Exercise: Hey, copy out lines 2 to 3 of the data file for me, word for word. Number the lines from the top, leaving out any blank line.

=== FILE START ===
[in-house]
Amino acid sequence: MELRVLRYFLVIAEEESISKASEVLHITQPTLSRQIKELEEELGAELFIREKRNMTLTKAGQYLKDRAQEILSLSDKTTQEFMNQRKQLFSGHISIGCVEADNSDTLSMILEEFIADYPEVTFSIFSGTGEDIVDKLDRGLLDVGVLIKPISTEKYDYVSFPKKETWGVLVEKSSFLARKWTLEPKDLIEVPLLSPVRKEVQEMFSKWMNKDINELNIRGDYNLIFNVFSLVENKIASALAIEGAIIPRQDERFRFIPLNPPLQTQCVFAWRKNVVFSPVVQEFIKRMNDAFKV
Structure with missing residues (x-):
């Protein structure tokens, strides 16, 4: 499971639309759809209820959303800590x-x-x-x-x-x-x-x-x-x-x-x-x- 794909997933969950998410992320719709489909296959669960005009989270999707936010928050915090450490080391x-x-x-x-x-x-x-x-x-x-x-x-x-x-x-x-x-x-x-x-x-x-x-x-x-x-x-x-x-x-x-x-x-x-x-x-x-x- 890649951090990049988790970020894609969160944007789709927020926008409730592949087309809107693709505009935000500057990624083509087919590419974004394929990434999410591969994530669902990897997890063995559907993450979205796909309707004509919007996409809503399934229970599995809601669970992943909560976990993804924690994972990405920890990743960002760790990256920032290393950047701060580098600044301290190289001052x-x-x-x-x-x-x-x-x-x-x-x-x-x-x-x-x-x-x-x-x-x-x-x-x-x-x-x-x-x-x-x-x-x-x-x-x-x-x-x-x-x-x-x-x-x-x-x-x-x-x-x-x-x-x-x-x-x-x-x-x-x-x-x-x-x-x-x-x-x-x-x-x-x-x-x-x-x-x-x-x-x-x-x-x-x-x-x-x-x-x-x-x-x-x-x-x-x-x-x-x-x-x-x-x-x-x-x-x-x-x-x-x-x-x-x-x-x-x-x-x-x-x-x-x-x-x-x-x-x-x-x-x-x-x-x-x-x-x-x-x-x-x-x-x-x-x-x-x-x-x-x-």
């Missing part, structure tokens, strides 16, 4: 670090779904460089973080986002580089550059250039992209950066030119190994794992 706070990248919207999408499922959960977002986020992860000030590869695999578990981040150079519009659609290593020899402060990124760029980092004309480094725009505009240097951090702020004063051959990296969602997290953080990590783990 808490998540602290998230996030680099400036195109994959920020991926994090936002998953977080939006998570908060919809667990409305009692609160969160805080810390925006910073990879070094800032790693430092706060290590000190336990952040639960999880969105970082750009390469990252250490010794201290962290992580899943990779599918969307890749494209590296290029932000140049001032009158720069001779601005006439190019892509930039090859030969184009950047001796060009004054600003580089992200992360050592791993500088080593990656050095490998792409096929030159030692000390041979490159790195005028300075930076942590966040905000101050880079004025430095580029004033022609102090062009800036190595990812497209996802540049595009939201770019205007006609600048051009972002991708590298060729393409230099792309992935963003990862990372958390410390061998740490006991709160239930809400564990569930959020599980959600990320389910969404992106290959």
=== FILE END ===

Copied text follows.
Amino acid sequence: MELRVLRYFLVIAEEESISKASEVLHITQPTLSRQIKELEEELGAELFIREKRNMTLTKAGQYLKDRAQEILSLSDKTTQEFMNQRKQLFSGHISIGCVEADNSDTLSMILEEFIADYPEVTFSIFSGTGEDIVDKLDRGLLDVGVLIKPISTEKYDYVSFPKKETWGVLVEKSSFLARKWTLEPKDLIEVPLLSPVRKEVQEMFSKWMNKDINELNIRGDYNLIFNVFSLVENKIASALAIEGAIIPRQDERFRFIPLNPPLQTQCVFAWRKNVVFSPVVQEFIKRMNDAFKV
Structure with missing residues (x-):